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NUTRITION COLUMNS

Margarine or butter?

Margarine or butter?
By Alyssa Rolnick, RD

Margarine or butter?You may think that having a warm pat of butter on a slice of fresh bread or a butter tart with your coffee is a harmless indulgence. What you may not realize is that eating a lot of butter on a regular basis can be harmful to your heart. Butter is made from animal fat, which is high in saturated fat and cholesterol. Eating a diet high in saturated fat can lead to elevated cholesterol levels, which is a risk factor for heart disease and stroke.

Canada’s Food Guide recommends choosing soft margarines that are low in saturated and trans fats and to limit butter, hard margarines, lard and shortening.

The Food Guide recommends margarine because it is made from vegetable oils, such as canola, olive, soybean and safflower, which contain polyunsaturated fats that may help lower your cholesterol levels.

So which margarines are best? And how can you use them in preparing foods?  Here are some tips to help you select a spread among the many varieties available and have your heart saying thank you.

Sticks vs. tubs
Used to be that you could only buy margarines in solid, stick form full of saturated and trans fat. The majority of today’s margarines come in tubs, are soft and spreadable, and are non-hydrogenated, which means they have low levels of saturated and trans fat. Trans fat increases your bad cholesterol (LDL) and lowers your good cholesterol (HDL) levels. Check the Nutrition Facts panel for the grams of saturated and trans fats. The Foundation recommends eating margarine that is non-hydrogenated, containing 2 g or less of saturated and trans fat per serving. Use the Heart&Stroke Foundation’s Health Check symbol as a guide when choosing your margarines. Learn how to read the Nutrition Facts table with our interactive tool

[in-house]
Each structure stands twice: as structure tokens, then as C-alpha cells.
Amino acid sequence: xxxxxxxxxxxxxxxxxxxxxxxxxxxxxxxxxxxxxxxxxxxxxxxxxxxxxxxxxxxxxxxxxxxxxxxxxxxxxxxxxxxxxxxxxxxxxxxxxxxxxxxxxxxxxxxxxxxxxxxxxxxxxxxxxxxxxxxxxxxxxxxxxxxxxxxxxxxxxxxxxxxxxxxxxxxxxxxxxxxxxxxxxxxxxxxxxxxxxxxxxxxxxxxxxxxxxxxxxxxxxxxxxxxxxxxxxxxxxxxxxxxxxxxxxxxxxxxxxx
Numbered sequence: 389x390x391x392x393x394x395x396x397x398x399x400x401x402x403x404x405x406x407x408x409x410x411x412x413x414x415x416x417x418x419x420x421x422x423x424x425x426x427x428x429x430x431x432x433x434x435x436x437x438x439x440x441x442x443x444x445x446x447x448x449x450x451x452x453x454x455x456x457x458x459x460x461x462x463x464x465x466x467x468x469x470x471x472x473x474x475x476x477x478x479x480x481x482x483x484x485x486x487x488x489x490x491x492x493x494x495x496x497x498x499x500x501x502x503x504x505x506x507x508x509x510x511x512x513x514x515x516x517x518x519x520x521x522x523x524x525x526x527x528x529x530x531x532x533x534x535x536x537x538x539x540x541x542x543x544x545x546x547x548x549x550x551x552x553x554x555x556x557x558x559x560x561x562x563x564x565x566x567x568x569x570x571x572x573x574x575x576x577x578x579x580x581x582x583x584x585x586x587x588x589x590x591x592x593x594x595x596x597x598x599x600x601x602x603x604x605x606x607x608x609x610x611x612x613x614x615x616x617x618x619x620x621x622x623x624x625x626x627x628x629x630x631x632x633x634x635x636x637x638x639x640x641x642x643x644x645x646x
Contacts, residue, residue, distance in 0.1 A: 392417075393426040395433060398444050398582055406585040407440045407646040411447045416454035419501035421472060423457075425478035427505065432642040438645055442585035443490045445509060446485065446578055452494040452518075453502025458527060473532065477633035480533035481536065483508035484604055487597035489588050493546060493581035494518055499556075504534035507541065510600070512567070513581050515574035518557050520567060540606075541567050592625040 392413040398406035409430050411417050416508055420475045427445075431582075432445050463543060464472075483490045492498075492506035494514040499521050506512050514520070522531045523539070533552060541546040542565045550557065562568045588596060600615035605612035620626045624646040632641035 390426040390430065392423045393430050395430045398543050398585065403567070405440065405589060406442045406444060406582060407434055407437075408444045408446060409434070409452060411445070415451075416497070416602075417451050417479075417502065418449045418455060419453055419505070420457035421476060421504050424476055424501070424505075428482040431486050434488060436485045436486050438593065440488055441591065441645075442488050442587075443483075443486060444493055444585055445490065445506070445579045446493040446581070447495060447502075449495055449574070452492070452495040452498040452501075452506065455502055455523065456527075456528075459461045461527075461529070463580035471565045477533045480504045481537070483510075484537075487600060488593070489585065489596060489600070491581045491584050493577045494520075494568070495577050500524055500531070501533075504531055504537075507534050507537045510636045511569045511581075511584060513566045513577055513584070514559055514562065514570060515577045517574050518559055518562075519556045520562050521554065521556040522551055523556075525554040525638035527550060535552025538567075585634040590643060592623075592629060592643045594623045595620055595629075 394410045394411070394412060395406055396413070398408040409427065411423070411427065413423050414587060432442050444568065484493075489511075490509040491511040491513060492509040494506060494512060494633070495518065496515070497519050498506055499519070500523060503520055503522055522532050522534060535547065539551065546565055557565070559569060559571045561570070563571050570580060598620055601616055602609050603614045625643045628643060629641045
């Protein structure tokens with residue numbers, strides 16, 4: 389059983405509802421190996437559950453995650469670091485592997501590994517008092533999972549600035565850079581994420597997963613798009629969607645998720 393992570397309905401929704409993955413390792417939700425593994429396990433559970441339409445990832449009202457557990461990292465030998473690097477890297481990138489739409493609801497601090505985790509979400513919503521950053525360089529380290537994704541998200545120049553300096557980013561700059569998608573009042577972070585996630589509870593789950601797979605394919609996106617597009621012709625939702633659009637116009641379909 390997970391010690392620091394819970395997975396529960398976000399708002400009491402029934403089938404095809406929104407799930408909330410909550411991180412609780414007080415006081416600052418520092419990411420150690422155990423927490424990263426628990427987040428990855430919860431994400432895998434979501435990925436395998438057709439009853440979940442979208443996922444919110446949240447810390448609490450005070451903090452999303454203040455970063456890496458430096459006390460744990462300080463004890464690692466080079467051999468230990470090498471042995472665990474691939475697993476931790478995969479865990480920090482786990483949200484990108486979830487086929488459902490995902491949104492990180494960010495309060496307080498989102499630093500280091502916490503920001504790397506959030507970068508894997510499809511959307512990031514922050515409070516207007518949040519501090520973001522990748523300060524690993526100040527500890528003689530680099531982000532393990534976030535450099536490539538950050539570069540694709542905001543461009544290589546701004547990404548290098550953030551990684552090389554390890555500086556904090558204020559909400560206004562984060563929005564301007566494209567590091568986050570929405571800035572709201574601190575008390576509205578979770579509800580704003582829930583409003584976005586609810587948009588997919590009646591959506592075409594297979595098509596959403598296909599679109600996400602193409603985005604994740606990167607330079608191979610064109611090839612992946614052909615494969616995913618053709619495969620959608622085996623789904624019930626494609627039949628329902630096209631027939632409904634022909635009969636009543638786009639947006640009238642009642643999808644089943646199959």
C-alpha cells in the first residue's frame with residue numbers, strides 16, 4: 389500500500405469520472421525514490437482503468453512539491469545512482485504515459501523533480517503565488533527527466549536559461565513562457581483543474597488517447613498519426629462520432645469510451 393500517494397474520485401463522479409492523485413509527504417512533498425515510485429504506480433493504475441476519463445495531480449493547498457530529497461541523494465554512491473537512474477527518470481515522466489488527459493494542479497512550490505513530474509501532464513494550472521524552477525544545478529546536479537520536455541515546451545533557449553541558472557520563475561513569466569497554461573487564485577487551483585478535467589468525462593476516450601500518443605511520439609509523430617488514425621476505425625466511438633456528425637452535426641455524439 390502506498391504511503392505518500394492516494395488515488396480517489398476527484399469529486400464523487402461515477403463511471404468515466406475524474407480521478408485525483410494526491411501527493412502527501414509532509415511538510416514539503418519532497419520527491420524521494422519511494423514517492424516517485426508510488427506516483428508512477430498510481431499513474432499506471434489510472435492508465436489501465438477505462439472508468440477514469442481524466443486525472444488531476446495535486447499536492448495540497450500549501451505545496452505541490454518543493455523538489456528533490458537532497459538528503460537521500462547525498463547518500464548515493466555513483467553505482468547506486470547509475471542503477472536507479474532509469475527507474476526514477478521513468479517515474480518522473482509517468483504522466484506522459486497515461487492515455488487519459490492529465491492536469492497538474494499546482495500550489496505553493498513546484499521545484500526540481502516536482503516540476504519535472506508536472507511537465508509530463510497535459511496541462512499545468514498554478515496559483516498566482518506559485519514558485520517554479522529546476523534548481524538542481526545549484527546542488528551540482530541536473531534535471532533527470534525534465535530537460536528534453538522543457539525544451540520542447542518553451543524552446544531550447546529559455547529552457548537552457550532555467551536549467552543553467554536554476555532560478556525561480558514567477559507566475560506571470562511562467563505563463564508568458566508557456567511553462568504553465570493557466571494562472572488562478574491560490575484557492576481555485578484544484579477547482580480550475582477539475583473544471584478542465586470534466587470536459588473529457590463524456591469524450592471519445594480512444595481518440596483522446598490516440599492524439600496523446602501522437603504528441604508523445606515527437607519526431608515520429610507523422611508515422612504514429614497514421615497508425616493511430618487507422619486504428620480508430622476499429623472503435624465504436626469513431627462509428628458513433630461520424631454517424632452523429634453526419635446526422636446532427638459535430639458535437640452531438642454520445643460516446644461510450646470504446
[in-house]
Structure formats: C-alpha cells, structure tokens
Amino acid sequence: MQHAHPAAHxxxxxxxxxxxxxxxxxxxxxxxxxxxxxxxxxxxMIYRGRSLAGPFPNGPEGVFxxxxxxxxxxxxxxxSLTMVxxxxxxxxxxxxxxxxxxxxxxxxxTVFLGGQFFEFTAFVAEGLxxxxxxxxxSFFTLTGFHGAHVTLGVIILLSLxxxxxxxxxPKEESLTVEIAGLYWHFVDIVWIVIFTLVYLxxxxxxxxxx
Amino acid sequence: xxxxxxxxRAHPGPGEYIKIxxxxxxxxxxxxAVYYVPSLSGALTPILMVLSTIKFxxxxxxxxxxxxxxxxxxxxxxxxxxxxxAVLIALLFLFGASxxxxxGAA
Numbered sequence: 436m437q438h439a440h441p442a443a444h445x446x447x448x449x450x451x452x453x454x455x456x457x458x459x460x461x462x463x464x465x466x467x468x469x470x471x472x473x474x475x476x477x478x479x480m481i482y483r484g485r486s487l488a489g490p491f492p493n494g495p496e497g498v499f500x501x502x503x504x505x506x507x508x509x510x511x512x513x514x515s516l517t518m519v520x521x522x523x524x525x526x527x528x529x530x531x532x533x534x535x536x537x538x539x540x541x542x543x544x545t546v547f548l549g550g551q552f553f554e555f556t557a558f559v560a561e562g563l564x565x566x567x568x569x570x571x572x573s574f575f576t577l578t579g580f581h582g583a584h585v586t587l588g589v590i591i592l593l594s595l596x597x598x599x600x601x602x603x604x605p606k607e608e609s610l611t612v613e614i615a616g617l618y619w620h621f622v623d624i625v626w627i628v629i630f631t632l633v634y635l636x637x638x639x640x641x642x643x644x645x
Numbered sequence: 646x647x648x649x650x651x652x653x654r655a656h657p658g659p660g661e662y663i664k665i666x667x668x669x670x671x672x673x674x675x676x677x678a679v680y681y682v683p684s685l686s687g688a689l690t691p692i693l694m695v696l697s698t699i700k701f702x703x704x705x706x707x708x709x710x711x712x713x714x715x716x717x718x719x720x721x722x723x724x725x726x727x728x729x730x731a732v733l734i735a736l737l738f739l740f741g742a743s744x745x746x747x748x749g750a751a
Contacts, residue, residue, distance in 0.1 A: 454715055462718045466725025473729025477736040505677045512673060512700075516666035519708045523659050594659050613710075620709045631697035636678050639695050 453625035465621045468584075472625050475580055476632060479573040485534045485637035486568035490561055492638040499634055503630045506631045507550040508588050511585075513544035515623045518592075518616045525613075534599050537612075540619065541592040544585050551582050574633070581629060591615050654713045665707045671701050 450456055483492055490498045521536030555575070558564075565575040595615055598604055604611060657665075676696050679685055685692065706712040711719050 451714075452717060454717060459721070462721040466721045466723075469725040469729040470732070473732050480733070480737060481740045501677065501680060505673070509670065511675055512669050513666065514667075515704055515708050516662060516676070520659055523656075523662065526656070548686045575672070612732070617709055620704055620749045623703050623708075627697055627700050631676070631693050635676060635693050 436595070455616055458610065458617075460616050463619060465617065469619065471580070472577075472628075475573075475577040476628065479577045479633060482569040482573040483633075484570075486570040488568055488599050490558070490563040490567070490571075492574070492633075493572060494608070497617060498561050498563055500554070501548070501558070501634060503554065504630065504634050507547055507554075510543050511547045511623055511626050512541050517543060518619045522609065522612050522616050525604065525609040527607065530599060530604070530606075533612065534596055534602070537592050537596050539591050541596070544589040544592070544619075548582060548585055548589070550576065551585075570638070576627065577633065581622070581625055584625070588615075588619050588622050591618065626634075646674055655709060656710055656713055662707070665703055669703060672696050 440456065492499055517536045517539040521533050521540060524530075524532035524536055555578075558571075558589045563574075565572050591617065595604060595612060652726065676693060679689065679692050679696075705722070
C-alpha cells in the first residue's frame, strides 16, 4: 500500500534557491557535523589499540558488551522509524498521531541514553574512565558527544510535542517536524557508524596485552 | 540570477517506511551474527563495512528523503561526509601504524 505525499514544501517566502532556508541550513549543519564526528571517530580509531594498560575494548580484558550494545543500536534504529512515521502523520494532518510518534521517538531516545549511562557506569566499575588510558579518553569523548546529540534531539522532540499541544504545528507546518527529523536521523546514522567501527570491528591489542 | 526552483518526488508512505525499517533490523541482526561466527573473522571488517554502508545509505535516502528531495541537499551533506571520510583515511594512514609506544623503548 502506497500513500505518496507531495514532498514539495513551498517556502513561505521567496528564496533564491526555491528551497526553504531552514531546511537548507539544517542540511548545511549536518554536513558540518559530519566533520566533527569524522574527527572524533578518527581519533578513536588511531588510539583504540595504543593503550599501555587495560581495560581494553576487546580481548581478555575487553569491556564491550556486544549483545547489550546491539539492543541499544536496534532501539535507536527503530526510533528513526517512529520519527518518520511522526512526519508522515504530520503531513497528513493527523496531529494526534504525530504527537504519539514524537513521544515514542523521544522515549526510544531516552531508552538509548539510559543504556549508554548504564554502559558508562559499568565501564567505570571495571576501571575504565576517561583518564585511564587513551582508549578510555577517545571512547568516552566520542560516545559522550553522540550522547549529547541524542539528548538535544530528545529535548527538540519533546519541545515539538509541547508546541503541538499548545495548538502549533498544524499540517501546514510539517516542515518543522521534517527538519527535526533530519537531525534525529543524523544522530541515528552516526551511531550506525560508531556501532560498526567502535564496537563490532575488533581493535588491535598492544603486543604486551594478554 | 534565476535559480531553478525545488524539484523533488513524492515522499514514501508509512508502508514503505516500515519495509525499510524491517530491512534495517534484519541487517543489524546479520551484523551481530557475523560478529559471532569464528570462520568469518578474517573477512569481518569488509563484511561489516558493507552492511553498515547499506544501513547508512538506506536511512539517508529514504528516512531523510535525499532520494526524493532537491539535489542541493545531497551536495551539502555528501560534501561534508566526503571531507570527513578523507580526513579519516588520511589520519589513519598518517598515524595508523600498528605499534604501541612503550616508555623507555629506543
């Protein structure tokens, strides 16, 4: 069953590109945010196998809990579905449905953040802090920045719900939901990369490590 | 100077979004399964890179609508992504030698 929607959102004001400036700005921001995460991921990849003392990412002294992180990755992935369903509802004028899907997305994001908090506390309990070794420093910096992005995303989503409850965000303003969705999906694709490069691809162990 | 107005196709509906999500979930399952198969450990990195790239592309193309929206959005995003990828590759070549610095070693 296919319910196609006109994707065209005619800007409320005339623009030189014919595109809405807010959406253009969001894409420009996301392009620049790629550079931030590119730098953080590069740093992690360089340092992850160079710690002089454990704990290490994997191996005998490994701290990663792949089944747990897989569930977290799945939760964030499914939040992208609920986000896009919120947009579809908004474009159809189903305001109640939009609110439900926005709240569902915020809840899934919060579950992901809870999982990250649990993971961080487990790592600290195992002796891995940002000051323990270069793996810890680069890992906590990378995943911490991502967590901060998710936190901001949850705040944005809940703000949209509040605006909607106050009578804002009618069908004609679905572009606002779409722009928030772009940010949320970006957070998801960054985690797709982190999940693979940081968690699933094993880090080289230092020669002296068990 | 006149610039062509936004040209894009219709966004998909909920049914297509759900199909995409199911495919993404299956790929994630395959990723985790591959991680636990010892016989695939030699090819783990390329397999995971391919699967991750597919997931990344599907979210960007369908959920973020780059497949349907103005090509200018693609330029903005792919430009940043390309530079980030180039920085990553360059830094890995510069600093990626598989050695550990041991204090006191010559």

Specialty margarines
You may also be aware that there are now specialty margarines, those that contain Omega-3s, less sodium, and now plant sterols. Plant sterols occur naturally in low levels in vegetable oils, nuts, whole grains, vegetables and fruit. Research has shown that a diet high in plant sterols (approximately 2 grams per day) may help to lower cholesterol levels, but only in those who have been diagnosed with high levels of LDL cholesterol. Foods in Canada are now allowed to have 1 g of added plant sterols per serving. If you want to get the optimum cholesterol lowering benefit of added plant sterols, you will also need to follow a healthy diet and a regular physical activity routine. Consult your healthcare provider before commencing a diet that includes daily consumption of foods with added plant sterols, especially if you are currently taking any prescription medications.

A little dab will do
Canada’s Food Guide recommends that we include a small amount (30 to 45 mL or 2 to 3 tbsp) of unsaturated fat per day. This includes oils used for cooking, and in salad dressings, mayonnaise and margarines.

Cooking with margarine
Fat contributes to the texture, moisture and browning properties of foods. Most margarines add flavour to recipes already high in moisture such as stuffing and pasta dishes. Margarine is best suited for baking, cooking and sautéeing. (Exceptions include: Omega 3, light or reduced-fat varieties.) When sautéeing, reduce the amount of fat you use with water, low-sodium broth or an oil-based cooking spray. When baking, replace up to half the amount of fat with plain yogurt, unsweetened applesauce or prune puree. Try Anne Lindsay’s cinnamon coffee cake.

Holidays often call for butter-laden foods. This Thanksgiving, try a butter-free turkey with low-fat stuffing. Use Anne Lindsay’s recipe for roast turkey with apple, sausage, herb stuffing. Or try her food-processor easy-to-make pastry for your pies, which uses a small amount of soft, non-hydrogenated margarine.

Last reviewed: March 2011

 

 



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